The Great Lakes region is a wonderful destination for birders in the U.S. with its long shorelines, mighty rivers, and perfect migration locales. The state of Indiana, located in the heart of the Midwest and the Great Lakes area is a wonderful hotspot of avian activity and definitely worth checking out!
- Most Common Birds — Northern Cardinal, White-breasted Nuthatch, American Goldfinch
- Rare Birds — Bewick’s Wren, White-faced Ibis
- Environment of Indiana — Great Lake, lakes, lowlands, plateaus, plains, rivers, hills
- Best Time for Birdwatching Travel — Spring and autumn months during the migratory seasons are the best time for birding
Top 5 Indiana Birding Trails & Areas
If you’re thinking of taking a trip to the Hoosier State for some good old fashioned birding, do yourself a favor and see if you can hit these top five birding hotspots in Indiana.
Falls of the Ohio State Park
The Falls of the Ohio State Park is located on the banks of the Ohio River off exit 0 on Interstate 65 in the state of Indiana. The Falls was originally known for the series of drops the Ohio River took over the course of two and a half miles, lowering the elevation by 26 feet. It was a sort of dangerous area for river traffic and the only hazard on the entire length of the almost 1000-mile river.
The series of drops have long since been almost entirely obliterated by various floods and rising waters, but the area is still famous for another reason. The Falls of the Ohio State Park features 220 acres of fossil beds that offer views of 390 million year old fossils. Naturally exposed, these are the largest Devonian fossil beds in the entire world.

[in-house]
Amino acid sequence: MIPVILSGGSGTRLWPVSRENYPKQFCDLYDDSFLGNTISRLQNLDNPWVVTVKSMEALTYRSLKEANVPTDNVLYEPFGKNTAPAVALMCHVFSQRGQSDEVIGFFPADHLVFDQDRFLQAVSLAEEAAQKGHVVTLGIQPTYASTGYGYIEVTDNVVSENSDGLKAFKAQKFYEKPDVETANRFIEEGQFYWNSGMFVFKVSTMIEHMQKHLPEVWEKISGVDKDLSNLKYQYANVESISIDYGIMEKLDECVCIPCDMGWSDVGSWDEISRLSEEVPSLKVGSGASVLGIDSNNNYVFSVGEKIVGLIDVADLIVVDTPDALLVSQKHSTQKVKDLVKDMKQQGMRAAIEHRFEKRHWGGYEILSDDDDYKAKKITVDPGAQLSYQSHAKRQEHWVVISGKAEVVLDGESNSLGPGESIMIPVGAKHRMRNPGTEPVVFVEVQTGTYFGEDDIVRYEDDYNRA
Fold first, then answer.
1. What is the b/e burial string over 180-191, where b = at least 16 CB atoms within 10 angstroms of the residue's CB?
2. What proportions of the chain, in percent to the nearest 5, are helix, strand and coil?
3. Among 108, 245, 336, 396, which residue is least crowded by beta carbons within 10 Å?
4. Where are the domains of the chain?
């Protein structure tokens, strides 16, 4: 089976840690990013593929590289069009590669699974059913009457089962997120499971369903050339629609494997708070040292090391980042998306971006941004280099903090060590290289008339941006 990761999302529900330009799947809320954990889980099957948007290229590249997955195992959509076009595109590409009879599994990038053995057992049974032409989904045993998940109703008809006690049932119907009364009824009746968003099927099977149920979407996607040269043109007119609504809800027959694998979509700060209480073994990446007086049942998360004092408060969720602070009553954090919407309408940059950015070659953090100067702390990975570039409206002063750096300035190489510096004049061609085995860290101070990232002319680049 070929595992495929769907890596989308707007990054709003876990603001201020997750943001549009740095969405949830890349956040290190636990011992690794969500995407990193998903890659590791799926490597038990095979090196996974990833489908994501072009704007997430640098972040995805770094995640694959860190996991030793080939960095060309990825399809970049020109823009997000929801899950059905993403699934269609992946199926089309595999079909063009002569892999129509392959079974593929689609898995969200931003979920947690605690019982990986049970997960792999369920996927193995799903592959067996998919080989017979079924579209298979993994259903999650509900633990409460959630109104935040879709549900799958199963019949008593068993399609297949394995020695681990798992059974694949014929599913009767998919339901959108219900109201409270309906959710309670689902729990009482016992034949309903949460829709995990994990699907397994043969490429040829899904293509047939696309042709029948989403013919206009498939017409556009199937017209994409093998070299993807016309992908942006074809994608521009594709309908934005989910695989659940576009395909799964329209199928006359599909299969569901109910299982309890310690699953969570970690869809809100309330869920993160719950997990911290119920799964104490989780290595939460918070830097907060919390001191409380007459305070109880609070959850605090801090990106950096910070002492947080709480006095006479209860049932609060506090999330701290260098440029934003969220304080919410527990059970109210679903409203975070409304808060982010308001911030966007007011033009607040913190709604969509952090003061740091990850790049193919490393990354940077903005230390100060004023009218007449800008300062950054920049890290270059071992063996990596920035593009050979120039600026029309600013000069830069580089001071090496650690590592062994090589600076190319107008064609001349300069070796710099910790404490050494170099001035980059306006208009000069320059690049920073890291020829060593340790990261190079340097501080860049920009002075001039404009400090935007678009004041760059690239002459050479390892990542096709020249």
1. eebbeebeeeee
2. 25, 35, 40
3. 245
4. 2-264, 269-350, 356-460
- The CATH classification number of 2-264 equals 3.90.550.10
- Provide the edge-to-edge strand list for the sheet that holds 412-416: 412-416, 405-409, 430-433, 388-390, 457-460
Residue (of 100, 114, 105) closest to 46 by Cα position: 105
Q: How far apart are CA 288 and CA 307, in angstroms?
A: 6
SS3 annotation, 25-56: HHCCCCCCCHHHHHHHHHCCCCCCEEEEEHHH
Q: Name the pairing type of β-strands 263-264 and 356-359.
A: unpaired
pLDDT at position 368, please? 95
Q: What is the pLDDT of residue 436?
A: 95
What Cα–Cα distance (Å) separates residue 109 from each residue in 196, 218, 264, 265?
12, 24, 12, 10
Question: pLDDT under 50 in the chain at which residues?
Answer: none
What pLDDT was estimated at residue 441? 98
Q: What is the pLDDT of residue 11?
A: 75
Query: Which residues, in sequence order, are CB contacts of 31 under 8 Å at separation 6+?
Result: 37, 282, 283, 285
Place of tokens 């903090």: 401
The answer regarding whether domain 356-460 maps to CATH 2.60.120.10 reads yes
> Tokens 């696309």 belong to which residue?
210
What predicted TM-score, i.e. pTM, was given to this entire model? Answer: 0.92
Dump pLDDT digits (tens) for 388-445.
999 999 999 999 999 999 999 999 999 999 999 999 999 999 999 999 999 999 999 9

The area is also quite famous for its magnificent birding. Birders from around the country–and indeed the world–often make trips to the Falls of the Ohio State Park to catch glimpses of a great variety of Sandpipers and Gulls.
Visit the official site of Falls of the Ohio State Park
Indiana Dunes National Lakeshore
Spanning the distance from Gary to Michigan City, the Indiana Dunes National Lakeshore is a unique treasure trove of natural wonder found in a somewhat urban setting. The National Lakeshore encompasses 15,000 acres and features 15 miles of Lake Michigan shoreline. Some of the Lakeshore’s most famous features are the sand dunes found on the beaches, some of which rise upwards of 200 feet.
The Indiana Dunes National Lakeshore is a great spot for naturalists and history buffs alike, featuring four national natural landmarks and a national historical landmark, as well.
A remarkable array of flora and fauna are found at the Indiana Dunes, drawing nature lovers from around the country to its sandy shores. But the National Lakeshore is most famous, perhaps, for the more than 350 species of birds that live there, either temporarily or permanently.
Visit the official site of Indiana Dunes National Lakeshore
IWC Canal Greenway
This trail, also known as the Central Canal Towpath, features two American Water Landmarks: a couple of iron bridges crafted in the 19th century. Everything about the IWC Canal Greenway is simply beautiful. Located not too far outside of Indianapolis, this path is a little slice of green heaven in the midst of urban activity.